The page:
Institut National de la Recherche Agronomique (INRA), Unité Amélioration, Génétique et Physiologie Forestières, avenue de la Pomme de Pin, BP 20619 Ardon, F-45166 Olivet Cedex, France
Two genetic factors explain a significant proportion of the variability for quantitative resistance to Melampsora larici-populina leaf rust in a Populus deltoides × P. trichocarpa F1 progeny. One is inherited from P. deltoides and is associated with a defeated qualitative resistance gene R1, and the other, RUS, is inherited from P. trichocarpa. To assess the potential contribution of these two factors for durable resistance breeding, 284 genotypes from this F1 progeny were studied in laboratory experiments with three M. larici-populina strains and in a field experiment under natural inoculum pressure. Results confirmed that both factors can have strong beneficial effects in the laboratory. These effects were strain specific, thus impairing their chances for durability. However, association of both factors led to synergistic effects in most situations. In accordance with good field-laboratory relationships, especially those involving uredinia-size laboratory measurements, field effects of both resistance factors were significant. RUS led to a significant reduction of rust colonization on the most infected leaf in the field, and its effect was significant both in the presence and the absence of R1. In contrast, the presence of R1 was useful in the field only when RUS was absent. The nature of the genetic relationship between both factors remains unknown, but benefits from their association should be quantified over a longer period to evaluate potential adaptation of the pathogen.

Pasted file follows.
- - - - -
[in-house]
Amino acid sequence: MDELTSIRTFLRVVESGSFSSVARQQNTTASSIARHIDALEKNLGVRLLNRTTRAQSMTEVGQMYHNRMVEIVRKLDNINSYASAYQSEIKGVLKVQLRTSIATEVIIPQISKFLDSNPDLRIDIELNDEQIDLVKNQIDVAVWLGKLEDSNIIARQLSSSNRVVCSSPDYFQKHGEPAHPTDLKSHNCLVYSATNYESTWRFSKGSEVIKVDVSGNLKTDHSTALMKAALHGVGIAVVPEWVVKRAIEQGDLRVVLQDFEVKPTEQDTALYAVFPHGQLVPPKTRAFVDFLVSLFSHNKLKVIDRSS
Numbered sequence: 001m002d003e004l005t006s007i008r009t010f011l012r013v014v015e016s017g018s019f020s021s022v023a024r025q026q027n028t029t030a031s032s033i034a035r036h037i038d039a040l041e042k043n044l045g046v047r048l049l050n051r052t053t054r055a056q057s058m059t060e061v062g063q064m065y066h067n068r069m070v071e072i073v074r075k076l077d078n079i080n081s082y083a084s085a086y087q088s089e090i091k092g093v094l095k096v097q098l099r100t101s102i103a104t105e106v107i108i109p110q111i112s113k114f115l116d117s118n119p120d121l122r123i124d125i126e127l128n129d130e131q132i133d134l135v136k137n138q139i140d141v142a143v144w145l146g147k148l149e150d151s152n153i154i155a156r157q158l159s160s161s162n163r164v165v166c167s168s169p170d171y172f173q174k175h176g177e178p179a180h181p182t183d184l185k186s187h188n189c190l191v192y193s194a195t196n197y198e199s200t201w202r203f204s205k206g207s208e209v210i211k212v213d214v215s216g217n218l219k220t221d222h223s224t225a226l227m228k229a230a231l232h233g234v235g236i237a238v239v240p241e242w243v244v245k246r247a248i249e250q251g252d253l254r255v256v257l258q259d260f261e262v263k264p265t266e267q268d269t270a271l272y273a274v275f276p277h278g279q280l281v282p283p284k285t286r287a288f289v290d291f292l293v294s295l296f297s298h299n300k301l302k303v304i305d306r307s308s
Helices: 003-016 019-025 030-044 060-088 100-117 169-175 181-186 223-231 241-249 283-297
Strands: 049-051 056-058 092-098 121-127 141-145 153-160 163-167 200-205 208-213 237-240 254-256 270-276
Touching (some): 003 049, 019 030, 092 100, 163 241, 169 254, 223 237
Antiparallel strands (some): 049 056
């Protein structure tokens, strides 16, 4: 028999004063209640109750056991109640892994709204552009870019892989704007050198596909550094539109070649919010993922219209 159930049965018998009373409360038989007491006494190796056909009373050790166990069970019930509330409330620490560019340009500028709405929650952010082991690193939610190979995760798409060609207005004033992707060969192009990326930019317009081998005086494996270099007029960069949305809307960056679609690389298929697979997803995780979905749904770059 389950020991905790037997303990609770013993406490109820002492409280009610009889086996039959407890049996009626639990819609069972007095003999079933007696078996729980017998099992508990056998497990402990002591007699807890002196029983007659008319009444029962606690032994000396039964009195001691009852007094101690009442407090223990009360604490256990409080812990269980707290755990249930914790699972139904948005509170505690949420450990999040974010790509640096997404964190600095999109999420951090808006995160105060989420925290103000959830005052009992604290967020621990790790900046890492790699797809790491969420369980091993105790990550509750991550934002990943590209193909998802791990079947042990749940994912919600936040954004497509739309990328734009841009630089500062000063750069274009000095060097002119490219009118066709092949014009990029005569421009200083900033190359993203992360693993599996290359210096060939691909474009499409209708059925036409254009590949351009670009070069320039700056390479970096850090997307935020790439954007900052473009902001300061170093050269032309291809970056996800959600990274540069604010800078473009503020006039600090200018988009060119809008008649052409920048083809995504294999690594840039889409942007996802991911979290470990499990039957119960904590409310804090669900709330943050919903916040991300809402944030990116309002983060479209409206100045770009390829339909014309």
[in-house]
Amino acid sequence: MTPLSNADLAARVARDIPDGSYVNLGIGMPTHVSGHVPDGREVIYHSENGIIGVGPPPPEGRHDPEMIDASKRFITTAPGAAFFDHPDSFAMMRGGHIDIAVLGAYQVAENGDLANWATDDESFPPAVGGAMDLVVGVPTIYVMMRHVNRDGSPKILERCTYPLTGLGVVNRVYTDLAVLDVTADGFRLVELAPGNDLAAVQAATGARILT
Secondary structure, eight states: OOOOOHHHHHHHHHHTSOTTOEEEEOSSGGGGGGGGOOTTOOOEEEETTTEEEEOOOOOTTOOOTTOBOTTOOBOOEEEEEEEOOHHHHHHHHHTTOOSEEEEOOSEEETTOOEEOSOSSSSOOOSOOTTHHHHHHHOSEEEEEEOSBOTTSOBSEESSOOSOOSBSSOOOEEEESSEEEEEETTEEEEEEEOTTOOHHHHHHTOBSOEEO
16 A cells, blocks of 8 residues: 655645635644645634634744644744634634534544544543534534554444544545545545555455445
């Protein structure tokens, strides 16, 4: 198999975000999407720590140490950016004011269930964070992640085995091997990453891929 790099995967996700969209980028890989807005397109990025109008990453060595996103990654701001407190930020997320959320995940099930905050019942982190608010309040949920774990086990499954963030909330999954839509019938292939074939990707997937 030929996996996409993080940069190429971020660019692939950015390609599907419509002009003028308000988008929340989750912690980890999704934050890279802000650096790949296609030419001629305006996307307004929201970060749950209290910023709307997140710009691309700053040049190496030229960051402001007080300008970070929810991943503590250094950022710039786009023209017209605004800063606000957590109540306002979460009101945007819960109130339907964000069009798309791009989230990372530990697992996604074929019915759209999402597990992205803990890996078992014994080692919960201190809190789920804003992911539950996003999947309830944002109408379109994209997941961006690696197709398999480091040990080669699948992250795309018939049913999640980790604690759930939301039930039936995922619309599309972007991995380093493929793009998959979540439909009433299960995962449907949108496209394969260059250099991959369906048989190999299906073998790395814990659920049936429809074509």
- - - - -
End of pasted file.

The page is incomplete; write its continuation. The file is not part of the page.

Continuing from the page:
Additional keywords: residual effect.